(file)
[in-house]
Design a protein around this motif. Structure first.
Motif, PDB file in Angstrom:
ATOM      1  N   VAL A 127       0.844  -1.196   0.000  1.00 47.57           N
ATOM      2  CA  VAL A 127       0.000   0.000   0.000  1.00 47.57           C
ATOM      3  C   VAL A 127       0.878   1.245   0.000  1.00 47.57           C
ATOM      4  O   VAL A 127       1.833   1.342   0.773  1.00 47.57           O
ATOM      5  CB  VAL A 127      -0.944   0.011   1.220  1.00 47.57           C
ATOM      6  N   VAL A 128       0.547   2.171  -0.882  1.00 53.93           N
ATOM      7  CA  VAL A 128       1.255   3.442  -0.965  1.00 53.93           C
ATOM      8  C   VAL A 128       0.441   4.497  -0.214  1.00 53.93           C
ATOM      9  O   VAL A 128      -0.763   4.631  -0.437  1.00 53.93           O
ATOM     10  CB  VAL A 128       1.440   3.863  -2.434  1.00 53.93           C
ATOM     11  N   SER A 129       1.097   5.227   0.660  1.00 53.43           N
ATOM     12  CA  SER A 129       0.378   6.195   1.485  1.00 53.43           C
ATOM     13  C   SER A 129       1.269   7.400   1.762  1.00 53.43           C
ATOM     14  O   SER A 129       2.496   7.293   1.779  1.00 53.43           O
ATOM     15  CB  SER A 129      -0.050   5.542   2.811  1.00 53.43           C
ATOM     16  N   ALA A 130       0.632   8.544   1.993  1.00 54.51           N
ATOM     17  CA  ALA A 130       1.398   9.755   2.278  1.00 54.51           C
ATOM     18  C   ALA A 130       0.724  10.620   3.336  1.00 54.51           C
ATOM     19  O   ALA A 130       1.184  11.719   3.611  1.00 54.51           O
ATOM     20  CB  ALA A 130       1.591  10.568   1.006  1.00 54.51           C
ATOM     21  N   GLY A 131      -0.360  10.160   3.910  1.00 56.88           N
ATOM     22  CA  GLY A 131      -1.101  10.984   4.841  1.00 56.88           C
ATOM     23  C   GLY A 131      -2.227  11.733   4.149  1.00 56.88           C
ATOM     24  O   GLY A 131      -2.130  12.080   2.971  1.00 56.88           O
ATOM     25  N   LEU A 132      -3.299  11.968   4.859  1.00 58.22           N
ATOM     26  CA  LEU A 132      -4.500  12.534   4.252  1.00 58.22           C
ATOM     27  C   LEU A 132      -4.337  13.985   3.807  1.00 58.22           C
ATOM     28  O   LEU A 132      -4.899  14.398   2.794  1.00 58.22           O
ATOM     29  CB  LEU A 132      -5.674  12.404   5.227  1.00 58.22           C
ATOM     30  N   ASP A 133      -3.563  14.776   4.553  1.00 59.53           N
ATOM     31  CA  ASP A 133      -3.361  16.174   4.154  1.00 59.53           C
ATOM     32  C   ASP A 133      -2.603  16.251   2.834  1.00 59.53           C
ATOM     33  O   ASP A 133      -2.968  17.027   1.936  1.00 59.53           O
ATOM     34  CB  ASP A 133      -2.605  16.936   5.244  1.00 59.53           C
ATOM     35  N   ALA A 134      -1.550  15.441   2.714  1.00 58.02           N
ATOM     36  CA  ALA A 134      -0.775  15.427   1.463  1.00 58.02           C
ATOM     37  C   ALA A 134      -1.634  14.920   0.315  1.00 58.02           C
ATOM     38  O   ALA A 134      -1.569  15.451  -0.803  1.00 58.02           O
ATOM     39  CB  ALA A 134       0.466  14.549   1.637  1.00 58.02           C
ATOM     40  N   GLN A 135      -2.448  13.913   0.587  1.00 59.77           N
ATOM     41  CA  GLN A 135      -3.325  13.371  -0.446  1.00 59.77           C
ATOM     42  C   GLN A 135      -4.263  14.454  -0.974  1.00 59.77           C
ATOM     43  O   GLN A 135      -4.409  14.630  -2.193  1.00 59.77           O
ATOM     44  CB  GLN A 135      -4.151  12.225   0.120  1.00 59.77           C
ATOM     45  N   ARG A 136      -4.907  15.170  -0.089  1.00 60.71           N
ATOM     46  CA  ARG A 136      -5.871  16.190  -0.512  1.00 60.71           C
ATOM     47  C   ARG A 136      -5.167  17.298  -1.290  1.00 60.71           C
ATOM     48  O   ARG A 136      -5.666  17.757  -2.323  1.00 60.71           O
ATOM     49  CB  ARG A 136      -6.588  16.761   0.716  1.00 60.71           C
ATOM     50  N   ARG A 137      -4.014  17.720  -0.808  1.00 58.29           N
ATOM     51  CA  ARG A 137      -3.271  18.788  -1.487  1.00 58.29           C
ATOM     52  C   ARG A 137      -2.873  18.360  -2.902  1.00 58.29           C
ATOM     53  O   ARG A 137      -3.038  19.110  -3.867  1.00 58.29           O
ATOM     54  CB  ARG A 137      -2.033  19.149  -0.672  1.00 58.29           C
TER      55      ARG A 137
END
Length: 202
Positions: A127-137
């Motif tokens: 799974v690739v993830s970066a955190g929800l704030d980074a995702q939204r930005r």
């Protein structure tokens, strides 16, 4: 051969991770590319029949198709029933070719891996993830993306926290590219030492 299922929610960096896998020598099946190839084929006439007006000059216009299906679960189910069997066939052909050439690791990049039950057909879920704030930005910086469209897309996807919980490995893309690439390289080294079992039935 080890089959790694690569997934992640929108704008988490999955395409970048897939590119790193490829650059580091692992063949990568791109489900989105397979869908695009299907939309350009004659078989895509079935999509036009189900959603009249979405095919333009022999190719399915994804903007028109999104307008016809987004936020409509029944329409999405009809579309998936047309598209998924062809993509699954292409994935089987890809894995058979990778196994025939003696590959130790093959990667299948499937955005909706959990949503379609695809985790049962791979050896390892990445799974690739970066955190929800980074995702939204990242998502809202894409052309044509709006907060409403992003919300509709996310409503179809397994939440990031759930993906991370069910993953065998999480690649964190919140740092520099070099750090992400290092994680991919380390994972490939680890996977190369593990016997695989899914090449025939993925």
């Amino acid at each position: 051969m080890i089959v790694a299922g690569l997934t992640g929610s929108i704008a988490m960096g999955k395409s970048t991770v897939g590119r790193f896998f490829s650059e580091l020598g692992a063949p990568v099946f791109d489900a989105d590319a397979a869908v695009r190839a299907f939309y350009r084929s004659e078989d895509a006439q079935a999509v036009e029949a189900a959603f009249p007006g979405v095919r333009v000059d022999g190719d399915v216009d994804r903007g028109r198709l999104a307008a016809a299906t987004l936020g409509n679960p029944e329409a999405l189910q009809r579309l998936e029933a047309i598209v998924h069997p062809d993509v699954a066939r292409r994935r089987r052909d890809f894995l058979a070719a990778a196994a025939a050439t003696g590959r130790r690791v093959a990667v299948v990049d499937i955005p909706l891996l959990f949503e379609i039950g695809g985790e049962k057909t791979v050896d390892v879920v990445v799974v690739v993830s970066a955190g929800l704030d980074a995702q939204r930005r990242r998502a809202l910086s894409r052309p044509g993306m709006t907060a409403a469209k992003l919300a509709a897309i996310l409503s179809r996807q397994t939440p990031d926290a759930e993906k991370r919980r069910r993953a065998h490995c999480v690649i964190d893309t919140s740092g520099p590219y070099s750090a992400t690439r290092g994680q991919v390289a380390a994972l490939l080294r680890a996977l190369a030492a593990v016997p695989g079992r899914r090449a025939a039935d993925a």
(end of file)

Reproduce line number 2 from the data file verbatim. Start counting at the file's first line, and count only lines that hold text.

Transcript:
Design a protein around this motif. Structure first.